I'm on record here that by the time you can buy these, the gap between the OLEDs and the best LCDs (or PDPs) is going to be small. Most people will honestly find the picture quality difference subtle. And, apparently, the thinness, bezel-free-ness, etc. will also be subtle.
The chicken-and-egg problem here is the same as it was: You can't sell them cheaply enough up to ramp production. Without ramping production, you can't drive your costs down. Without driving costs down, you can't sell them cheaply enough. And so it goes.
How do you solve this? It's just downright adorable the suggestion that "they go lose money for a few years and make it up later". The only display manufacturer that could actually afford to do that without going bankrupt is Samsung and they'd have to use mobile phone profits -- not display profits -- to subsidize their display business to pull it off. Not going to happen.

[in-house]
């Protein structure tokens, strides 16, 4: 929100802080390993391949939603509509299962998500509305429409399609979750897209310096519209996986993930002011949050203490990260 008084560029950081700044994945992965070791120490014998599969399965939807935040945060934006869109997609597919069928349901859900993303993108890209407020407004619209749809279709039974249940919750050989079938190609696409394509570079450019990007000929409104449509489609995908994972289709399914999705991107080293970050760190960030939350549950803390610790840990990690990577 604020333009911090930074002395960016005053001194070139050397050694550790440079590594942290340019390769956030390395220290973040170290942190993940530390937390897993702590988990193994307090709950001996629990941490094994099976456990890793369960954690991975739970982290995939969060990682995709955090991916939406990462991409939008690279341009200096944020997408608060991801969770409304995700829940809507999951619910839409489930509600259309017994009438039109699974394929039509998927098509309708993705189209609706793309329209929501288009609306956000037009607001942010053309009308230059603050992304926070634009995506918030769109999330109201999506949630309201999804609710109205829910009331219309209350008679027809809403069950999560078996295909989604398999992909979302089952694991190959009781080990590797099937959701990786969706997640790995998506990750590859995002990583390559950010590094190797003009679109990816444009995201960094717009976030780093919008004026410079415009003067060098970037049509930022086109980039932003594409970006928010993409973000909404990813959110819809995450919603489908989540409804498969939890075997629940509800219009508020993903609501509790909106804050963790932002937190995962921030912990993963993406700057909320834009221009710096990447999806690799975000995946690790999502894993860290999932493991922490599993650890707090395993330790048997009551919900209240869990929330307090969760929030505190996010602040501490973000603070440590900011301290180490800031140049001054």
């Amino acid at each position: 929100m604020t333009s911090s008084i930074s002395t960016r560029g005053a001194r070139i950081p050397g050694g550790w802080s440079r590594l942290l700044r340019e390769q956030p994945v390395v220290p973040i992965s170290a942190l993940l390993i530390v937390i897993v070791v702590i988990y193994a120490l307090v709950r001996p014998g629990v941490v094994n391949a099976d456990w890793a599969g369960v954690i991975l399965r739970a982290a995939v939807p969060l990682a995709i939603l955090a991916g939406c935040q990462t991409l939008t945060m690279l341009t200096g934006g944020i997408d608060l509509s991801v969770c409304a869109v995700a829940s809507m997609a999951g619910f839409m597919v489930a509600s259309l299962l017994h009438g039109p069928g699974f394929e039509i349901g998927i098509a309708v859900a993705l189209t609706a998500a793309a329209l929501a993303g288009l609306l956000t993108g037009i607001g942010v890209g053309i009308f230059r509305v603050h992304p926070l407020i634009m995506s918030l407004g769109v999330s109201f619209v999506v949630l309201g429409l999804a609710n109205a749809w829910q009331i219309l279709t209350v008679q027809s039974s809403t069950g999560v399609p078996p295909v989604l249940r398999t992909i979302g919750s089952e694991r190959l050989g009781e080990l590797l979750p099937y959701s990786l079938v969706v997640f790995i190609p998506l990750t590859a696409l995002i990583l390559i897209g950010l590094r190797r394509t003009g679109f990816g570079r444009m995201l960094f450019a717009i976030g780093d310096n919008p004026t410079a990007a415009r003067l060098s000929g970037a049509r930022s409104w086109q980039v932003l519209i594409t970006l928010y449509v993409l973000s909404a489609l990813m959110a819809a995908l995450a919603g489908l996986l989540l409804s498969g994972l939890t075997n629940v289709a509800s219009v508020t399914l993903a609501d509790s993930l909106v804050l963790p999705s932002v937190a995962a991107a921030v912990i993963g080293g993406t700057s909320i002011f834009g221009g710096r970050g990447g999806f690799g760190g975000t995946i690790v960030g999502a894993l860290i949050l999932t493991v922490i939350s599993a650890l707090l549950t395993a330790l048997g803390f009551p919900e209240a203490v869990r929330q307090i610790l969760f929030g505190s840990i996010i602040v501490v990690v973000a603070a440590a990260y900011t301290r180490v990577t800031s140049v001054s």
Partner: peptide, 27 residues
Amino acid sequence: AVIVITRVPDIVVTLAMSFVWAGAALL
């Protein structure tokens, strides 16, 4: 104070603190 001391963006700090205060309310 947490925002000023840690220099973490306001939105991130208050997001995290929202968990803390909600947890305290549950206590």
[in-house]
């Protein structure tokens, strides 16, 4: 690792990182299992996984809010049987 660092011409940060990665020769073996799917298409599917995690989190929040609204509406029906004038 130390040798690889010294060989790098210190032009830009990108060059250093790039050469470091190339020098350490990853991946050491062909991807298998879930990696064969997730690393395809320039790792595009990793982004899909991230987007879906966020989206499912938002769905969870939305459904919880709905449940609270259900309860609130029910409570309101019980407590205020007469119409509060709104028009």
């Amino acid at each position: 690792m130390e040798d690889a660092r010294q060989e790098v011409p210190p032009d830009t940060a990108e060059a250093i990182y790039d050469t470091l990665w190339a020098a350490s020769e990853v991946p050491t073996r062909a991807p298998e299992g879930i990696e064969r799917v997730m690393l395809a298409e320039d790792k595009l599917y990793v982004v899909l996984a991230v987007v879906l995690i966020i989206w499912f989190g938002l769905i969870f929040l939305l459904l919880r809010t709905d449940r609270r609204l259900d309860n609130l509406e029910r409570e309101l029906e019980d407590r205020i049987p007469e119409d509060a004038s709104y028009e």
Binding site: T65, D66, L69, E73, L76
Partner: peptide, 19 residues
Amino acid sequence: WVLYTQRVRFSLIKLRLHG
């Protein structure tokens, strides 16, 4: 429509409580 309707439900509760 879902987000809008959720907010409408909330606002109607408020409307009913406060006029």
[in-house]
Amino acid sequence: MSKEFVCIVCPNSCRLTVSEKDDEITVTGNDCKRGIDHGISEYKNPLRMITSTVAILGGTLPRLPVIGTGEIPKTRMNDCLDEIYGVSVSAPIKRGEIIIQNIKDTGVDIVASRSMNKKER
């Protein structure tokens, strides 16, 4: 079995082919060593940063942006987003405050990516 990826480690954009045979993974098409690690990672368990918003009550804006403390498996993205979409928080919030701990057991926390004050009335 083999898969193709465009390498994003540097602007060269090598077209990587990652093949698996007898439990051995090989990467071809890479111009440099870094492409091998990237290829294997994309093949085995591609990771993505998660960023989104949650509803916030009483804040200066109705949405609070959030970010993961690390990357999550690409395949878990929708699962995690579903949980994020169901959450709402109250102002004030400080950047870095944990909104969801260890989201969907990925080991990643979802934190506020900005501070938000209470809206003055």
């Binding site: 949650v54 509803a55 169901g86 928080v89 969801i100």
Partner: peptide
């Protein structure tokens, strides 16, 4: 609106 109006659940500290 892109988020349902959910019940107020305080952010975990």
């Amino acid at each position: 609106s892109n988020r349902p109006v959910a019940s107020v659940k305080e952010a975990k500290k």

Instead, what's much more likely is a slow ramp of OLED production, a slow lowering of prices, a slow ramp, a slow lowering of prices, over and over until pricing eventually gets down near enough to parity that the industry can collectively decide whether to ultimately really make the investments required to replace the half a billion monitors and TVs currently being made annually that use LCDs
with a majority of OLEDs. We are quite a ways from that.